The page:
The Karzai Conundrum

January 01, 2010  ·  Michael Fumento  ·  Independent Journalism Project  ·  Military

“If I come under foreign pressure, I might join the Taliban,” Afghan President Hamid Karzai allegedly told several members of his nation’s parliament Monday. The U.S. reaction should be: “Don’t let a camel bite you on the butt on the way out.”

Karzai is displeased because we’re displeased with him. But it’s not a standoff. We have excellent reasons. Even by Afghan standards he’s crooked. Worse, he’s become arrogant—“King Karzai” in his own mind. If we are to win the war he either needs to undergo a character transformation on the order of Ebenezer Scrooge’s, or we need him gone.

Unless you pour massive numbers of troops into a counterinsurgency campaign as well as use Nazi-level brutality, you need to be supporting an acceptably good government—by national standards. That was a big part of our problem in Vietnam. But Karzai is corrupt. We know it; he knows it; most importantly the Afghans know it. Not that anybody thinks of himself as corrupt and announces his latest scheme with a “Bwa-ha-ha!” (Excepting, of course, Dogbert.)

Wali Karzai is reputed to control large swaths of the heroin trade in the southern part of the country.

Karzai is taking advantage of his position for self-aggrandizement and helping out lots of buddies. That includes his brother, Wali, who’s the top provincial official in the nation’s most critical province, Kandahar.

Kandahar is Afghanistan’s "center of gravity" and the key to reversing the Taliban’s momentum, points out Chairman of the Joint Chiefs of Staff Admiral Mike Mullen. But "We will be unable to succeed in Kandahar if we cannot eliminate a vast majority of corruption there and set up a legitimate governance structure," he said in late March. "We can succeed militarily, but it’s not going to work. That’s just a fact."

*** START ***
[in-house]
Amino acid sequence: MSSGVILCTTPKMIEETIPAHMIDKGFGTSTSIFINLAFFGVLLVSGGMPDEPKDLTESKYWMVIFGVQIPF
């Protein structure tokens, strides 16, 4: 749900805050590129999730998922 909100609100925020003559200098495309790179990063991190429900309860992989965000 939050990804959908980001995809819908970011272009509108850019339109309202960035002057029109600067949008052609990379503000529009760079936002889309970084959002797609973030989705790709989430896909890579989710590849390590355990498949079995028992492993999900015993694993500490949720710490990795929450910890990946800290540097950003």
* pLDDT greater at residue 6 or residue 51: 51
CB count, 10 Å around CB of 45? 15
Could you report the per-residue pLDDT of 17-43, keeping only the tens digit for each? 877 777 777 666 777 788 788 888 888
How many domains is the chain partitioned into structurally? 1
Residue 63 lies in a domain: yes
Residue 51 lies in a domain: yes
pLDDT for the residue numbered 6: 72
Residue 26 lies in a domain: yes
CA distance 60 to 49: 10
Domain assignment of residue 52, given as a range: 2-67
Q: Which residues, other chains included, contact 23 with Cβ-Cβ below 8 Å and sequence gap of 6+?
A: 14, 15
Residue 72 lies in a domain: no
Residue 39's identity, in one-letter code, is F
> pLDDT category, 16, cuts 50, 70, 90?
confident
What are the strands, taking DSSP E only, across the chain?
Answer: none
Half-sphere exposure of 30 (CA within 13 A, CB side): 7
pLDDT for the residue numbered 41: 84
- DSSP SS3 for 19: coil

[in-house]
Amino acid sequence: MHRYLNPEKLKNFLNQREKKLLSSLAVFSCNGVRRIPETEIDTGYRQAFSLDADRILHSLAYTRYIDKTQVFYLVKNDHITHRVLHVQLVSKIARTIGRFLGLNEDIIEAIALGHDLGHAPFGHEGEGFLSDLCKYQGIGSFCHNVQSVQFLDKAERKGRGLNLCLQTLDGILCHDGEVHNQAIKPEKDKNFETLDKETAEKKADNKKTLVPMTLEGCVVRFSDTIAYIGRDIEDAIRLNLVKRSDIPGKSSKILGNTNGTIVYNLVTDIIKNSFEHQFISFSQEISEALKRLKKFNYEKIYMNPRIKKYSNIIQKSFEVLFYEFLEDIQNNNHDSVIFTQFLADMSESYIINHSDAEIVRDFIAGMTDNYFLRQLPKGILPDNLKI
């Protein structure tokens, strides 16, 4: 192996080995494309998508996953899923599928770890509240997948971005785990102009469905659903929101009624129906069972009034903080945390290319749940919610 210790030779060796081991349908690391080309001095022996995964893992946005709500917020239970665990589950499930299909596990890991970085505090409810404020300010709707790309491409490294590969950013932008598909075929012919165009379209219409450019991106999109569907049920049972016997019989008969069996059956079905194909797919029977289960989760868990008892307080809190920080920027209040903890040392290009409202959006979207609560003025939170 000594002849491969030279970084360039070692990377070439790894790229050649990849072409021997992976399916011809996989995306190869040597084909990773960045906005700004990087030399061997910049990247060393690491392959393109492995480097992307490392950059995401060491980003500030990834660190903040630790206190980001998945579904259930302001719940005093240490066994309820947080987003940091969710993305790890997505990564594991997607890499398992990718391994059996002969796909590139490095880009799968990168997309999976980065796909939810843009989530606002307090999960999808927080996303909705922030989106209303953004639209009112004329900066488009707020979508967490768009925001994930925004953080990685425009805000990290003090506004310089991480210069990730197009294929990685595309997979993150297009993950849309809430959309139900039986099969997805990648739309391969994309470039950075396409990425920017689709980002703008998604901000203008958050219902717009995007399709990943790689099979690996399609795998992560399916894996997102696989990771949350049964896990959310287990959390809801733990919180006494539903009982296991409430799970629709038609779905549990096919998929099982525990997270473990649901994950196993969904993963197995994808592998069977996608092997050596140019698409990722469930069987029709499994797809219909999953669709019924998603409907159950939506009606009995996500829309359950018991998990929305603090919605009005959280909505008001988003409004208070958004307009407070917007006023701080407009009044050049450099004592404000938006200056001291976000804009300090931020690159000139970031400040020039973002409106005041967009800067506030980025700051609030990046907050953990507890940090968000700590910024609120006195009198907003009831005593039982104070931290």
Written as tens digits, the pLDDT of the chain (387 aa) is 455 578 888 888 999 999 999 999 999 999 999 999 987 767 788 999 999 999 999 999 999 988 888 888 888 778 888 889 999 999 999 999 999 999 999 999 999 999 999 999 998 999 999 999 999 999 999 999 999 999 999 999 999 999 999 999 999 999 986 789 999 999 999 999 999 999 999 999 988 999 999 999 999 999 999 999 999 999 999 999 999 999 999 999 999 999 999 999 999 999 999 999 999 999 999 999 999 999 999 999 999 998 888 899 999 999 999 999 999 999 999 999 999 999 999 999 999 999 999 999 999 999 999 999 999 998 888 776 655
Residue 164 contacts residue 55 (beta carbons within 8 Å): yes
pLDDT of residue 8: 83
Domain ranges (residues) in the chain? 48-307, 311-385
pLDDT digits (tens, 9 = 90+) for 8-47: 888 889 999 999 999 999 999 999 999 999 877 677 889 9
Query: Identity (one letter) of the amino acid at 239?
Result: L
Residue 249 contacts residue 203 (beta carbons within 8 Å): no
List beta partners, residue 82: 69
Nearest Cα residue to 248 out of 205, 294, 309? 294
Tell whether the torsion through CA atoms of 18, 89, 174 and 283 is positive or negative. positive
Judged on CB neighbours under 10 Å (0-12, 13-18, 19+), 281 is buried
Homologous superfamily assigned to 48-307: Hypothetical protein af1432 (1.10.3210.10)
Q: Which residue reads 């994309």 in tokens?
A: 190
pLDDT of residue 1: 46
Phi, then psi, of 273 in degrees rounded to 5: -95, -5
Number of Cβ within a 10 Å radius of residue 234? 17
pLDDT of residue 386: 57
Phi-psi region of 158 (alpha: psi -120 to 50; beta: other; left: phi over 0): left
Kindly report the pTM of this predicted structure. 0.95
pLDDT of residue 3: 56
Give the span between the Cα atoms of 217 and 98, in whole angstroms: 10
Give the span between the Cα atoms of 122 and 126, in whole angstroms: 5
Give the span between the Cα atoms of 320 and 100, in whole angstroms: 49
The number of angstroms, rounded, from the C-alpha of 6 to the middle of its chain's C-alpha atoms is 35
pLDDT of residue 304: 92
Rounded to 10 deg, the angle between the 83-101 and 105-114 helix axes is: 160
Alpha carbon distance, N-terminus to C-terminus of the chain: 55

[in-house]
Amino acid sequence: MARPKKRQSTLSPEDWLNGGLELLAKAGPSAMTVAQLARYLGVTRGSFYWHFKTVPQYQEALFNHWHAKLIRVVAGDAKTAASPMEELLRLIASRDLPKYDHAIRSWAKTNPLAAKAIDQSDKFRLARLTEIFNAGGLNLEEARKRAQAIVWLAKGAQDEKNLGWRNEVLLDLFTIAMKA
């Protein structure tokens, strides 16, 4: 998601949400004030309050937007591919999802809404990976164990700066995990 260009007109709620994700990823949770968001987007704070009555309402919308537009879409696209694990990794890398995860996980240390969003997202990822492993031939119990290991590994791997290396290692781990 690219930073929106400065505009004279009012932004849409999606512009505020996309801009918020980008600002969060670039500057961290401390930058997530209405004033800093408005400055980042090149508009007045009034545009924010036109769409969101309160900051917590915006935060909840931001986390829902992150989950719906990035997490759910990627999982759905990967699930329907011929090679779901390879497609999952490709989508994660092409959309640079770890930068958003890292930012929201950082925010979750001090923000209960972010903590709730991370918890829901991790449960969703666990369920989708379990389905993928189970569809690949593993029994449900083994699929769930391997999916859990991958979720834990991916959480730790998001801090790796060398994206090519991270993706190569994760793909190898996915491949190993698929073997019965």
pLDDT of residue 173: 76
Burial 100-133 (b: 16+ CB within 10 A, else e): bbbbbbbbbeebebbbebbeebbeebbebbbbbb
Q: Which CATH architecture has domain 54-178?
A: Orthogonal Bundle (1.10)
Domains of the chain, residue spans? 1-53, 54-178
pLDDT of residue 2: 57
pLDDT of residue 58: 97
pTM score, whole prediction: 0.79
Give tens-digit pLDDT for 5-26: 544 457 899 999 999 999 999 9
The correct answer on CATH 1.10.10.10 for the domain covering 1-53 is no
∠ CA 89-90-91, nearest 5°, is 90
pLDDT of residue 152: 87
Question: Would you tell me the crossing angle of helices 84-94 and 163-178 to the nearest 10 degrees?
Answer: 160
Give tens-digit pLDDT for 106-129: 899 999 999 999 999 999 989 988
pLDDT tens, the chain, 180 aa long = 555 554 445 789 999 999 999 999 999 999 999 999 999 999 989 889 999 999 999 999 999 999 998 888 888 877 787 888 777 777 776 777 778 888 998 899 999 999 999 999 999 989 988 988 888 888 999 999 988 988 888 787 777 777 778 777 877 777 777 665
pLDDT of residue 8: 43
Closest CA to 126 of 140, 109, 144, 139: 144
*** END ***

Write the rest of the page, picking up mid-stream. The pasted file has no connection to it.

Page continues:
Yet that’s merely one aspect of the Karzai problem. In last August’s presidential election Karzai claimed to have received 55% of the votes, making him the winner. But the voting was “marred by allegations of ballot-stuffing, phantom polling stations and turnout at some polls that exceeded 100% of registered voters,” according to the UN-backed Electoral Complaints Commission (ECC). (And no, there’s no city of Chicago in Afghanistan.)

So two months later he bowed to demands for a second round run-off vote. But his opponent withdrew from the race, saying it would be at least as fraudulent as the last. So Karzai remained president by default.

Since then Karzai has been in more fights with his parliament than England’s Charles I was with his. He submits cabinet nominees and most are rejected. As one parliament member explained, they had been picked largely based on "ethnicity or bribery or money." Still, for the most part, Karzai has gotten his way.

Now the Afghan president is accusing the allies of wanting to treat him as a “puppet.” Curious words from a man who in 2008 told CNN, "If I am called a ’puppet’ because we are grateful to America, then let that be my nickname."